For riders who still have the descending skills of a pro-downhill racer but lack the fitness of an XC whippet, the power-assisted motor can’t help but put a smile on your face as you pass your mates on the climbs.
A full suspension e-mtb generally has two shock-absorbers, one at the front and one at the rear. They are a little more complex to set up than a normal bike but if you visit one of our specialist e-bike stores in Southampton or Chichester the team will show you how and you will never look back.
e-MTB motors and batteries
If you are buying a good quality e-MTB then the motor will be of a mid motor design, this is where the motor is positioned at the cranks (pedals). This gives the bike better balance and smoother power delivery and generally makes it easier to ride on the trails. If you are looking at an e-mtb with a motor at the front or rear wheel then we would advise strongly against this.
There are only a few recognised manufacturers of motors that really have the torque and power to be effective on an e-MTB and most of the major manufacturers will come with a motor from either Bosch, Brose, Yamaha or Shimano e-step to name a few. Motors for ebikes are legally limited to 250W and will provide assistance up until around 15.5mph at which point the motor will cut out but you can still pedal the bike as normal.
There is generally a control unit mounted on the handlebars that allows you to control the level of assistance. Most have a pretty simple and intuitive design and we have yet to find one that we can’t ride.
Remember though the more power an assistance that you use, the quicker the battery will run down. On most e-MTB’s the battery is either built into the down tube or placed on it. This placement keeps the centre of gravity low and means that the bike is still fun to throw round the trails.
Be careful however if you are looking at a smaller battery to save weight, if you are riding local or commuting and have somewhere handy to charge the bike then the weight saving is great but if you are out on a trail you don’t really want the battery to run out half way round. A good rule of thumb is always to go for the biggest and best battery that you can afford. You will generally find that most e-MTB’s come with a 400Wh or 500Wh (the higher the Watt Hours the longer the battery can deliver electricity for between charges).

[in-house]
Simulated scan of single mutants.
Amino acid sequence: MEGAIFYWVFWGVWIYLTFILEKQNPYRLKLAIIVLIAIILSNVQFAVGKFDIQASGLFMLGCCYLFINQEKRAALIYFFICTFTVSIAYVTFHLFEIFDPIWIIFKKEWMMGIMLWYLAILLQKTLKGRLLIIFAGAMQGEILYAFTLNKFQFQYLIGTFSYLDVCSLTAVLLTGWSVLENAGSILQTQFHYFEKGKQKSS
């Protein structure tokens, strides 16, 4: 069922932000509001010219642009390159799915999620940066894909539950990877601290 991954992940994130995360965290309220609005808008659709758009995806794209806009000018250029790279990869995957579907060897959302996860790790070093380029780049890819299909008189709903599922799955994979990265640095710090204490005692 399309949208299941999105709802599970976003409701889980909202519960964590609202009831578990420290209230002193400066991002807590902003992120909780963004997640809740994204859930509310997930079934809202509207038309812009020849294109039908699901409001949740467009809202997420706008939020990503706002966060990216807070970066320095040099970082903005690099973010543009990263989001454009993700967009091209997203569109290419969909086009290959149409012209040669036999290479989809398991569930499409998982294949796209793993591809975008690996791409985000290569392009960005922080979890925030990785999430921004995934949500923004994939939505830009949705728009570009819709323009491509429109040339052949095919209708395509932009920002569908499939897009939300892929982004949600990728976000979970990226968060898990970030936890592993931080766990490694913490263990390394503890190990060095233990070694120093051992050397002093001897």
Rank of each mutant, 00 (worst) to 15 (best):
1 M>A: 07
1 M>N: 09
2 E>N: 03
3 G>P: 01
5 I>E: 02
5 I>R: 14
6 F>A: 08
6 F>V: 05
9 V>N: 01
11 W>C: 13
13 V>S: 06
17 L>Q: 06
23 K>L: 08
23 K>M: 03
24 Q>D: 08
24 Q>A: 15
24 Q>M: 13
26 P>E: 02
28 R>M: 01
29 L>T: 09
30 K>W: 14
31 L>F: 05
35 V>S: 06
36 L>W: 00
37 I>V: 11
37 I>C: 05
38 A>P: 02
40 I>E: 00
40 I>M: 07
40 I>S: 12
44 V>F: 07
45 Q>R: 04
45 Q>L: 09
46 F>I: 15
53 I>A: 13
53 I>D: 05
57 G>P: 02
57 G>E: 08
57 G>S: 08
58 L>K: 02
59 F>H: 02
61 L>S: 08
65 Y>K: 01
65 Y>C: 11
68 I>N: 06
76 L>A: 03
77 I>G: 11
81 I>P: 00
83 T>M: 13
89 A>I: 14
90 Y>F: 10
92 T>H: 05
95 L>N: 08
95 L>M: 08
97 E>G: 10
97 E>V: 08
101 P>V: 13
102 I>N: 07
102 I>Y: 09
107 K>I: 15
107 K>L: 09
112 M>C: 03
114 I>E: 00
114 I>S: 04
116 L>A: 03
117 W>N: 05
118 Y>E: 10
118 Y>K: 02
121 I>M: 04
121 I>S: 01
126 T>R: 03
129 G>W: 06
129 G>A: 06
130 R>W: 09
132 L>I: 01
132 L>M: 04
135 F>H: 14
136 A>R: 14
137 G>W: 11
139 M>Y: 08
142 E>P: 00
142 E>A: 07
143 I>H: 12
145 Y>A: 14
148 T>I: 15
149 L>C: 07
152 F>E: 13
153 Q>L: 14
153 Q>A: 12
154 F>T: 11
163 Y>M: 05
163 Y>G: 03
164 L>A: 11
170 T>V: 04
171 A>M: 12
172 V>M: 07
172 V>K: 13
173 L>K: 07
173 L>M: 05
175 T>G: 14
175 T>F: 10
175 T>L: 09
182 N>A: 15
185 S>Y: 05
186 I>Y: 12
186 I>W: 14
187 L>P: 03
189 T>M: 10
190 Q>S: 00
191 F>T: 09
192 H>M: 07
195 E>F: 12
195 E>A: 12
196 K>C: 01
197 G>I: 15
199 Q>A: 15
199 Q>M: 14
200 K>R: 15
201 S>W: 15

e-MTB brakes and transmission (gears)
Most e-MTB’s will come with hydraulic disc brakes and you’ll generally find that they come with the usual suspects from SRAM, Shimano, Tektro (TRP) and Magura. They are pretty stock so you can usually use spares and bleeding kits that you use for your current bikes. The only slight difference is that in general because of their increased weight the disc rotors on e-mtbs tend to be a little larger.
In terms of transmission (gears) you will find that most e-MTB’s have a wide range rear cassette (isn’t that true of most modern MTB’s) with 10 or 11 rear sprockets. If you can, we advise trying to find a bike where the largest rear sprocket has 40 teeth to help you with big hills.
Most e-MTB’s come with similar stock tyres to most mountain bikes and they do the job just fine. Remember though that you are riding a much heavier bike with a bit more power than usual so you may want to adjust your pressures from those that you normally stick to. In general we would suggest going for a grippier tyre than you usually use until you get used to the ride.
Tyres are a very personal choice though and the reason we can’t give you a definitive answer is that we can’t even agree in the office.
If we have missed anything off this guide or you have some more information that we don’t then please feel free to send it to us here on email@example.com and we will add it in.
Now get out there and try and little e-MTB riding!